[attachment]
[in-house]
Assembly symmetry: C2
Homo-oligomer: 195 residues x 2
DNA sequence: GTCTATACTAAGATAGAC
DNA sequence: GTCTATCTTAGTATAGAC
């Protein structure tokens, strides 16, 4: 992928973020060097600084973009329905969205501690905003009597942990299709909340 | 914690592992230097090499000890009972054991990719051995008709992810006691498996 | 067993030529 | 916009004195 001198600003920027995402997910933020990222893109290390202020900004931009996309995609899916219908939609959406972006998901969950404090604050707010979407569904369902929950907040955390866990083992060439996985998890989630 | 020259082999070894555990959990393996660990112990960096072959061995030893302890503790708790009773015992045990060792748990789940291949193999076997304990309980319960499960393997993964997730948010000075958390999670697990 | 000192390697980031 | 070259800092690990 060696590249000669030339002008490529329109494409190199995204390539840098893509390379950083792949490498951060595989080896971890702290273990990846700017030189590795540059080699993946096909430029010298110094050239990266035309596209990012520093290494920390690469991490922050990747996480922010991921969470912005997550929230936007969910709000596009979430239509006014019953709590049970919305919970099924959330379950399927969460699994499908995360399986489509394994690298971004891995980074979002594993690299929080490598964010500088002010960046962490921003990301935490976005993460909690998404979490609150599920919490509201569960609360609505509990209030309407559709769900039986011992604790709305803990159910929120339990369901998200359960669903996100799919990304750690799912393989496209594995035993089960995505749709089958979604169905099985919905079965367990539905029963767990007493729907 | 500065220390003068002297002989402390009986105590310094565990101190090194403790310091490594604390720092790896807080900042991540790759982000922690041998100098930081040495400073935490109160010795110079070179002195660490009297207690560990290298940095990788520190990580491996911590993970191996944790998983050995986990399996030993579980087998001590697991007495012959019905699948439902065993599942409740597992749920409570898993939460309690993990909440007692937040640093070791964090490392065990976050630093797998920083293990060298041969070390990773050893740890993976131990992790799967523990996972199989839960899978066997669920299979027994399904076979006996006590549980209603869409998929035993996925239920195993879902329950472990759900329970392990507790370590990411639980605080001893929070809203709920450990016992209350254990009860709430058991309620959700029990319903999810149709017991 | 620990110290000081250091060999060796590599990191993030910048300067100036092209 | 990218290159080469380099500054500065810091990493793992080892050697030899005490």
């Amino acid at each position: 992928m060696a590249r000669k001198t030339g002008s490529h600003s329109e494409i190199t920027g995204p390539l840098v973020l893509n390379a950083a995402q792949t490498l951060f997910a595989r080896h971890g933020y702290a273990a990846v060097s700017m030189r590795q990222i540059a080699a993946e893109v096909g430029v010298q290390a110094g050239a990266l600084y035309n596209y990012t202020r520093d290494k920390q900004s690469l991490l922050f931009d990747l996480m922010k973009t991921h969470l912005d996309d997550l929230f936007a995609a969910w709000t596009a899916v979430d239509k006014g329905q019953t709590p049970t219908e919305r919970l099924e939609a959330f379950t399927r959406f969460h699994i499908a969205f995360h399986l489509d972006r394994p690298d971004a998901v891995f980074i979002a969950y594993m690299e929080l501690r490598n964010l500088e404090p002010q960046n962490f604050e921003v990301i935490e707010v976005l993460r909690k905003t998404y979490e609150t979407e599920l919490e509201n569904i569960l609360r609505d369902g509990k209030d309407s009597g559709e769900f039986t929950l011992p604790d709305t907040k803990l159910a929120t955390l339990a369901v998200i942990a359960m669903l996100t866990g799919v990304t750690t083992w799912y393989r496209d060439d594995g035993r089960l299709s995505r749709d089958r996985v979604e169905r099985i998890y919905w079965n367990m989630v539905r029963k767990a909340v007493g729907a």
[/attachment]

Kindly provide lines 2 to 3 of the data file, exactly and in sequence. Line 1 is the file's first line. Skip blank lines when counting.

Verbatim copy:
Assembly symmetry: C2
Homo-oligomer: 195 residues x 2